This spring Finnish immigration authority Migri denied private contractor Muhammed Musah's residence permit application because his income as a food courier was not "credible."
The agency said Musah's Wolt earnings were suspiciously high, as his average monthly turnover as a self-employed food courier averaged 5,632 euros last year.
Musah, originally from Ghana, graduated with a Master's in chemistry in 2020 from the University of Eastern Finland. Unable to find work in his own field, he employed himself delivering food for Wolt in Joensuu.
He said his goal was to earn enough money to meet immigration requirements to allow his wife and three children to move to Finland. The authorities demand that a five-person family like Musah's brings home 2,900 euros per month after tax.
Mushah said that had he worked in a restaurant, instead of becoming a courier, he would not have been able to meet the income threshold.
From Migri to Ely
Since Musah is self-employed, Migri referred his residence application to a local centre for economic development (Ely-centres). Officials there deemed that it was "unrealistic to expect a similar pay trajectory over time," The local Ely-centre said it suspected Musah of wrongdoing in achieving such a high turnover.
"I couldn't believe this decision. I've submitted by bank statements and bookkeeping as requested, and now it turns out that I earn too much," Musah said.
Yle has seen the official documents pertaining to Musah's case.
Ely-centres play a pivotal role in entrepreneurs' residence permit matters. Migri will automatically deny a permit that's not been recommended by an Ely-office.
Musah claims his high turnover is due to hard work, saying he used his car to deliver food at least five days a week for around 12 hours a day.
"Every morning my goal was to earn 200 euros that day. Some days I made 160, others I got 250 euros," Musah, who has lived in Finland for four years, explained.
Ely said its decision was based on Wolt's own figures indicating that very few couriers have turnovers exceeding 4,000 euros per month. However, news has emerged of couriers pulling down 9,000 euros a month (in Finnish).
Musah said he spent some 6,000 euros on his wife's and children's Finnish residence permit applications last summer. The family travelled from Ghana to Nigeria, the site of the nearest Finnish embassy. His regular Wolt income was the basis for the applications, which were ultimately denied.
"I want to educate my children in Finland and support my family here," he said.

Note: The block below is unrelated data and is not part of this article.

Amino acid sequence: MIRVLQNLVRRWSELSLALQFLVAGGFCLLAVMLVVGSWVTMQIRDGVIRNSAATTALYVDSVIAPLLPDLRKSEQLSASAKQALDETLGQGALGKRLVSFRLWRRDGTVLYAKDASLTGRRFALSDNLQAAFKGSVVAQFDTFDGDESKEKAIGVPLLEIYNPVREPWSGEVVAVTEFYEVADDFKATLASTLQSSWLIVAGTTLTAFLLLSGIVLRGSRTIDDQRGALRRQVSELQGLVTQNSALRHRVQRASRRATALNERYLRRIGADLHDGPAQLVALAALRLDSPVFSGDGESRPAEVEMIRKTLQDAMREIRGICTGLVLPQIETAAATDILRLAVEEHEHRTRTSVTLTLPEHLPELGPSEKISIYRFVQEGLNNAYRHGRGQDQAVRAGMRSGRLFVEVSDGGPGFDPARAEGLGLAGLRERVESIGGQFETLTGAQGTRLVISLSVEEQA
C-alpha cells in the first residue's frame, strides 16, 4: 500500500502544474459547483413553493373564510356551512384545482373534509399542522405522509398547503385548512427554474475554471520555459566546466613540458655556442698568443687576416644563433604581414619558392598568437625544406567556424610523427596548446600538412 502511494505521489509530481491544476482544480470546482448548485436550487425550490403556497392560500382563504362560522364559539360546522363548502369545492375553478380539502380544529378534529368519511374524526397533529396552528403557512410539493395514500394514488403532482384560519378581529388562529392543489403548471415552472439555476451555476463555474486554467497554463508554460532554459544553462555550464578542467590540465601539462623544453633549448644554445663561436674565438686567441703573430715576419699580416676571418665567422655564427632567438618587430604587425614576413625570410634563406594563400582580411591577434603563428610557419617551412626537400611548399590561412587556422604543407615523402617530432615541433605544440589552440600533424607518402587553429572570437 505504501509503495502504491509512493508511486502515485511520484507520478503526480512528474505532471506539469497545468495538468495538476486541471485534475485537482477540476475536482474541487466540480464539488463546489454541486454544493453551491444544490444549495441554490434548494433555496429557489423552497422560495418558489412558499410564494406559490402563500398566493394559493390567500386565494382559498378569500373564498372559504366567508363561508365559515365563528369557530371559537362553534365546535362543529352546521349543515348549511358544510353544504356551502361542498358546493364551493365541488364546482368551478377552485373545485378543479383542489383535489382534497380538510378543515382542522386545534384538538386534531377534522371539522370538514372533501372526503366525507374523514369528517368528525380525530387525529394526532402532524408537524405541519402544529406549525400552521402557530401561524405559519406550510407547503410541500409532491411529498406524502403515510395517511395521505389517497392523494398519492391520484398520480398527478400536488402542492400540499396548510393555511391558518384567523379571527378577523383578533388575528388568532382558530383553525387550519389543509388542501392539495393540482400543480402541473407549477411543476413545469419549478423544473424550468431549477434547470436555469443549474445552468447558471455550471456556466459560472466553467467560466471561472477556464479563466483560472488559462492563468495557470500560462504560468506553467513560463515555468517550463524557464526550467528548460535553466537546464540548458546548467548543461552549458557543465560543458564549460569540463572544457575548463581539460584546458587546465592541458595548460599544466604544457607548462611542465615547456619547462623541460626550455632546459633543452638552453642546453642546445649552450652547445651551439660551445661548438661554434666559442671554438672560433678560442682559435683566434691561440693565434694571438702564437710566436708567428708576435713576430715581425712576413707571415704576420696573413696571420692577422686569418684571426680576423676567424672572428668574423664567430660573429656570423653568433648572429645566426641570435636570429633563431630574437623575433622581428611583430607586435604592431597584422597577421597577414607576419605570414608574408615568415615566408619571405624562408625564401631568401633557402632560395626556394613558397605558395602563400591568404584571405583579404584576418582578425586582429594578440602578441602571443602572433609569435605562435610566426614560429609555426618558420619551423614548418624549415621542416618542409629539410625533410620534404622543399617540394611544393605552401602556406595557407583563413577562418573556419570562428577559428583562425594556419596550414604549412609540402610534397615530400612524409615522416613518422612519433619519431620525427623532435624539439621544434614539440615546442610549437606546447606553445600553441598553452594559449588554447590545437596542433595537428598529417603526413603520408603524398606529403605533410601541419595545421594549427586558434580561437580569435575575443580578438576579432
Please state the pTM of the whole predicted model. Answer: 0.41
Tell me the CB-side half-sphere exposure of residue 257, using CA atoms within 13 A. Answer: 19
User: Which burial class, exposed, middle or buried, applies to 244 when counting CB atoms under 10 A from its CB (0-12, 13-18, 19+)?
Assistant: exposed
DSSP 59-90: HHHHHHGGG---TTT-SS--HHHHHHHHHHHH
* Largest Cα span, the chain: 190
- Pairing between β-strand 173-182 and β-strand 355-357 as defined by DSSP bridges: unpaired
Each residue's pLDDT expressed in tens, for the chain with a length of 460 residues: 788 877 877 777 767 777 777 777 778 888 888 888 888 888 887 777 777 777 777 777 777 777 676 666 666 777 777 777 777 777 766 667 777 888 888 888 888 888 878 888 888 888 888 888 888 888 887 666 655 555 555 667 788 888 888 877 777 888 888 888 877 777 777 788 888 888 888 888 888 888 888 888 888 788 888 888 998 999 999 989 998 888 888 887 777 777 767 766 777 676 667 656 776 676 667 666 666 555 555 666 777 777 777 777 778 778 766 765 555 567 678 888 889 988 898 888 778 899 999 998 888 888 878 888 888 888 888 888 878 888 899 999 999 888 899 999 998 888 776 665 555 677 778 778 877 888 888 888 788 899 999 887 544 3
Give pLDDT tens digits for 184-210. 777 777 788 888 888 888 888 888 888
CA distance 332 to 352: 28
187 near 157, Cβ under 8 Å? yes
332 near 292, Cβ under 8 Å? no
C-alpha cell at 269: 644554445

Musah said he has not seen his family since last summer in Ghana. Now he cannot leave Finland as he is appealing Migri's decision with the help of a lawyer, who advised him to become a salaried employee during the appeal process.
Acting on this advice, Musah nowadays works at a restaurant while continuing to deliver meals for Wolt part-time. But since becoming a restaurant worker, Musah's income has dropped, leaving him with less money.
Lawyer: Agency attitude changed
Ville Punto (not Musah's attorney), a lawyer specialised in immigration issues, said Ely-centres have taken a harder line on residence permits for entrepreneurs.
"The argument that an income isn't credible is pretty typical these days in Ely-centre decisions," he said.
A restaurant entrepreneur can, for example, be suspected of paying workers under the table if business turnover is relatively large compared to salary costs.
Punto, however, said it was strange that a residence permit would be turned down on nothing more than a suspicion and without further investigation.
"If an Ely-centre suspects someone of employing black market labour, shouldn't they share their concerns with authorities who can investigate the matter?" Punto asked.
Uusimaa's Ely-centre handles all of the country's residence applications sought on the basis of business ownership.
Kari Koivisto of Uusimaa Ely-centre, however, denied the agency had changed its policy on business owner permits. She, however, said the platform economy had expanded the number of applicants seeking residency based on entrepreneurship. She added that it was more common for low salaries—not high ones—to lead to negative decisions.
While Koivisto refused to comment on Musah's case in particular, she said applications were turned down based on a number of factors, not on a single issue.
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